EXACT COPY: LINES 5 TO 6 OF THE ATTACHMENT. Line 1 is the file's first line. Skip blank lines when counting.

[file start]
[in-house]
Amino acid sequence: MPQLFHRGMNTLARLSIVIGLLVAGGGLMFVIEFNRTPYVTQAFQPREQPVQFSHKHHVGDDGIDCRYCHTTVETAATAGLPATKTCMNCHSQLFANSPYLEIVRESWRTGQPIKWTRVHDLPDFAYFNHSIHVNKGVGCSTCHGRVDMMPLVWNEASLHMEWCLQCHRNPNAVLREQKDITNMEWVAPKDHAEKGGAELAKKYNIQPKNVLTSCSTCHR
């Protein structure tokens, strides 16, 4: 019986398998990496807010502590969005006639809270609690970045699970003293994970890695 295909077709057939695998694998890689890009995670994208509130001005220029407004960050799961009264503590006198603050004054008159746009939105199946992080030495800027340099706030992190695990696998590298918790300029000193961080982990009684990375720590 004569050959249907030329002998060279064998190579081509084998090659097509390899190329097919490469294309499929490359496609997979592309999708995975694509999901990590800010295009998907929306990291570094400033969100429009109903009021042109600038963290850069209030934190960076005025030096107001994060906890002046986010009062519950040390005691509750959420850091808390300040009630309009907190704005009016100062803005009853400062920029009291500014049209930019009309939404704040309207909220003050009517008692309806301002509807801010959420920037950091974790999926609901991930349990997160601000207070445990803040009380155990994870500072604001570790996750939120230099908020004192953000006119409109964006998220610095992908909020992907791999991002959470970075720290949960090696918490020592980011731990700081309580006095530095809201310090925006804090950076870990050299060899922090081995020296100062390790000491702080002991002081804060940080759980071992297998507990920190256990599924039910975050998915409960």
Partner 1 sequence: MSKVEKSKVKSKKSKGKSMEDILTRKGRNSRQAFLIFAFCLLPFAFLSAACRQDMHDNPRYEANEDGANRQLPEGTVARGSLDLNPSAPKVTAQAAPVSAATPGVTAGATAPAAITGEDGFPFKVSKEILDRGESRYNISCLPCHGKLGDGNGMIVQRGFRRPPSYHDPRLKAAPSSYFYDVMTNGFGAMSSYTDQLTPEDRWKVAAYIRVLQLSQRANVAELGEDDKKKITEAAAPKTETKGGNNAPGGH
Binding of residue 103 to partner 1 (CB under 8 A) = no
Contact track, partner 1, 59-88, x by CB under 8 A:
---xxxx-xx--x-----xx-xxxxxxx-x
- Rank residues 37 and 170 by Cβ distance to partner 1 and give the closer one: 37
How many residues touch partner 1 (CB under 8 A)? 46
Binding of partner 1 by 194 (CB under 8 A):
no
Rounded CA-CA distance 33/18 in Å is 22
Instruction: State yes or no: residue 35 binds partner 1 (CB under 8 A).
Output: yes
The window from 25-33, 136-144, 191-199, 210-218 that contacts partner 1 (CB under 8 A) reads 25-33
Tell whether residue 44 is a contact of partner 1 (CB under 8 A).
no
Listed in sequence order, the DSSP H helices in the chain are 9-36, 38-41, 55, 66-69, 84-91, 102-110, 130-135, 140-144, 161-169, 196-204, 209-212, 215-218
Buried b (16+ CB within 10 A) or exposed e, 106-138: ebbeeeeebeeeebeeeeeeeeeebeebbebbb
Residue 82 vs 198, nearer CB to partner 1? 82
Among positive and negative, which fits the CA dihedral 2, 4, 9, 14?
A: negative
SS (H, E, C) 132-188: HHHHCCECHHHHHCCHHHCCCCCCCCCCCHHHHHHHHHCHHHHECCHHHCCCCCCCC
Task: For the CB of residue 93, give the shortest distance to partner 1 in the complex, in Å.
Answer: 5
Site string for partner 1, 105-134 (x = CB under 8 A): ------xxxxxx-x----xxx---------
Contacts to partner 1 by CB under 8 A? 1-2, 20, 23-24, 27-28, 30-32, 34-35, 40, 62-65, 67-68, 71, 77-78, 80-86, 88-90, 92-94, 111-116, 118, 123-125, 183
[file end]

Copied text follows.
Binding of residue 103 to partner 1 (CB under 8 A) = no
Contact track, partner 1, 59-88, x by CB under 8 A: